Anna has always been told by her aunt that magic is a dangerous, sinful thing, that it was responsible for the death of her parents, and that it should never be used. Anna's now a teenager and although she shows little ability for magic, when she turns seventeen the little magic she does possess will be 'bound' to prevent its use.
Then Selene, an old friend of both Anna's aunt and mother, arrives in London, accompanied by her daughter Effie, and a curious young man, a friend of the family, named Attis. Where Anna's aunt is severe and strict, Selene is charismatic and full of life - and more to the point she believes magic should be used to enjoy life to the full. She, Effie and Attis open Anna's eyes to a different side of the magical world (and perhaps the world in general), one full of fun. At school Effie and Attis discover other witches mixing unrecognised among the students, and set up a coven, drawing Anna into their disruptive plans.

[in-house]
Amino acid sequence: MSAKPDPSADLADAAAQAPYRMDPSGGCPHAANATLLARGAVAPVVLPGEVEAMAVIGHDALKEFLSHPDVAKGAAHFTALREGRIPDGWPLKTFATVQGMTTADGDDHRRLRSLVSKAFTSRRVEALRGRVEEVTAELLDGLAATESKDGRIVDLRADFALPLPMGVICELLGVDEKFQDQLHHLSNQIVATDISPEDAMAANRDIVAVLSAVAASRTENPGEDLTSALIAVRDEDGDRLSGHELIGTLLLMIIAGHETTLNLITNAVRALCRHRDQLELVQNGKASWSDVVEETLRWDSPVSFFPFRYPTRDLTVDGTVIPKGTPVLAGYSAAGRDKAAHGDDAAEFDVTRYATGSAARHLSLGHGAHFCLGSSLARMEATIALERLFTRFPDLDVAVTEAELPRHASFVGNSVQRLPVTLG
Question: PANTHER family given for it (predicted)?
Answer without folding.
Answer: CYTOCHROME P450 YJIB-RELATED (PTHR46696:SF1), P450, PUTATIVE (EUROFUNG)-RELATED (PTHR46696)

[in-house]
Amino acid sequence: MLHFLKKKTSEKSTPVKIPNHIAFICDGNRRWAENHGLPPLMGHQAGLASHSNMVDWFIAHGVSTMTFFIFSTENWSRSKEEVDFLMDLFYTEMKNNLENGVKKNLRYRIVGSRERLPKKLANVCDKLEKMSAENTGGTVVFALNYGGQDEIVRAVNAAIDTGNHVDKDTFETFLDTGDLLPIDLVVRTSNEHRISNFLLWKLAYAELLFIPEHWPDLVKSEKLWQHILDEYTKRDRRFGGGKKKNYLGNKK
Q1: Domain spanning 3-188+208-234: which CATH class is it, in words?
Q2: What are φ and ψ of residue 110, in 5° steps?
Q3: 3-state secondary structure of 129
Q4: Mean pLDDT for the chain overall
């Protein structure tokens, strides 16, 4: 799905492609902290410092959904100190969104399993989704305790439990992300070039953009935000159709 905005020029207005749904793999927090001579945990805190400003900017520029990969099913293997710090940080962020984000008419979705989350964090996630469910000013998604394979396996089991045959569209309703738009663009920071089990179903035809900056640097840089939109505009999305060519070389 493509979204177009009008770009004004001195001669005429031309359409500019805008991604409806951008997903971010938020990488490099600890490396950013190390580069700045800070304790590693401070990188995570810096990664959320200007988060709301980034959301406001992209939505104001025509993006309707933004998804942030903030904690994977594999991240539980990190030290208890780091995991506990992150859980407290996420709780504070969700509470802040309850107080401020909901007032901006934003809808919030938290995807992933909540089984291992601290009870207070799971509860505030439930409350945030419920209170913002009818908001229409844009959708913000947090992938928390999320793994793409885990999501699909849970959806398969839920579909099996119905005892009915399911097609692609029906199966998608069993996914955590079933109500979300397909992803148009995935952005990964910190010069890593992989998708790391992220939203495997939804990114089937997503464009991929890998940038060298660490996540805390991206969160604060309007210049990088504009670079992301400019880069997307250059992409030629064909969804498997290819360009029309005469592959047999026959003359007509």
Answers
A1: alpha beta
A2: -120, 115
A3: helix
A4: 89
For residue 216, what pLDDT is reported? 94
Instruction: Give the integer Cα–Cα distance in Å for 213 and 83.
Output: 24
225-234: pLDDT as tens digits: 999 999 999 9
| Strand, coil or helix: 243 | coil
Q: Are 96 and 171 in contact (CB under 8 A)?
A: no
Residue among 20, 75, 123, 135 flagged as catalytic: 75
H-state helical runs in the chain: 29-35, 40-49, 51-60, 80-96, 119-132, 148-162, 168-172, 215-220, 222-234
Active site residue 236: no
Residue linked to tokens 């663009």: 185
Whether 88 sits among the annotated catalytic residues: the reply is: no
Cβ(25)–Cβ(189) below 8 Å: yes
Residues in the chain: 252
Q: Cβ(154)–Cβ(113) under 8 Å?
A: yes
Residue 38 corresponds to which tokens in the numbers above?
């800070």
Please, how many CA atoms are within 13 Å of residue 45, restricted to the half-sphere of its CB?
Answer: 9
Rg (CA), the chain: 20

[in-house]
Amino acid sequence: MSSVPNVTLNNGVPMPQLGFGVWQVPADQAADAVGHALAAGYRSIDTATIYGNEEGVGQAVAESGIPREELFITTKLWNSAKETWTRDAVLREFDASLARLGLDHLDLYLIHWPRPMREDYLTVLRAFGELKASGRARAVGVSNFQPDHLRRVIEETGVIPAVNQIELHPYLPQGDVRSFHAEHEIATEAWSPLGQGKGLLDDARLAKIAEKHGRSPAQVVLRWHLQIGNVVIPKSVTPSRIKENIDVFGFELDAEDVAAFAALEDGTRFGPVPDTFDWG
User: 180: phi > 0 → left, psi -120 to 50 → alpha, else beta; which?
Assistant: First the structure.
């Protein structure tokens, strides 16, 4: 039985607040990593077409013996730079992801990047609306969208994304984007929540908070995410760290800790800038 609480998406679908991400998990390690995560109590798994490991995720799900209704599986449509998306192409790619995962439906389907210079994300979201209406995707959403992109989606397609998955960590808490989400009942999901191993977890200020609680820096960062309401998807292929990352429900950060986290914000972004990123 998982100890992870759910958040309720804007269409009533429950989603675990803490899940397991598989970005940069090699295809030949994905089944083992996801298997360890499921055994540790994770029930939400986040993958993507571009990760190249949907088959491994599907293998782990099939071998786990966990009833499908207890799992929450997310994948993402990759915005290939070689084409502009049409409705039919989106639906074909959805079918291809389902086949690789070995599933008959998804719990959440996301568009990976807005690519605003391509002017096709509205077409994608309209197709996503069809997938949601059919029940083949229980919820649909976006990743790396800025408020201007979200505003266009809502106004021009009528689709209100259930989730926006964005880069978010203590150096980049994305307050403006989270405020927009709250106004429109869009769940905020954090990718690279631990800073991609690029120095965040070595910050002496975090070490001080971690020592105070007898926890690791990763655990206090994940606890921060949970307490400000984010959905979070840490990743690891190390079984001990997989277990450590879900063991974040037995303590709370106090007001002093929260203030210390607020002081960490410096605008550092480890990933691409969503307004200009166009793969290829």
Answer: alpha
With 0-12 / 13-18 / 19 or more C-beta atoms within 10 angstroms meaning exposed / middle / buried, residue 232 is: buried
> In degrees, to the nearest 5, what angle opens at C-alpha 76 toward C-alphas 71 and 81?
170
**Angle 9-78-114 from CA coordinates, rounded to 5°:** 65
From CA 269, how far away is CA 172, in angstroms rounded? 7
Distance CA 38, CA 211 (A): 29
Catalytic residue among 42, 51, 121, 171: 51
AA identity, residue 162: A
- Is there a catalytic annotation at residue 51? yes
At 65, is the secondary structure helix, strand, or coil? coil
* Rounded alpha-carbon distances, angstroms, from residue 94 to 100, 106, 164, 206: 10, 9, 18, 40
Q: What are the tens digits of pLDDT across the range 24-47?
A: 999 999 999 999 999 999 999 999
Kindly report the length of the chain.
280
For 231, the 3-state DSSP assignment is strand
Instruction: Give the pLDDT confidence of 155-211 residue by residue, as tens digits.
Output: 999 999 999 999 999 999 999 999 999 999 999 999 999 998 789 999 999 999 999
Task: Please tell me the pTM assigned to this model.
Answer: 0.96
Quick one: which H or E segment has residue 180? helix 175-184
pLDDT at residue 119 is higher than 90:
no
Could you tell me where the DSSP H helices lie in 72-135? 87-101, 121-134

At first it's all fun, but the coven's actions take a dark, destructive turn and Anna begins to wonder if her aunt was maybe right all along - that magic is a curse and shouldn't be practised at all.Threadneedle is the first book in great new urban fantasy series. Although aimed perhaps mainly at YA readers, with its share of teenage rebellion, and the school culture of 'Queen Bee' cliques, the style and its thread of dark, twisted family secrets to engage older readers. It's easy to sympthise with Anna and her desire for a more fun-filled life (whether than involves magic or not) but at the same time there's a distinct feeling that Effie and Attis will just lure her into trouble. And as events unfold, it's clear that neither her aunt nor Selene are quite as Anna sees them. I thoroughly enjoyed it.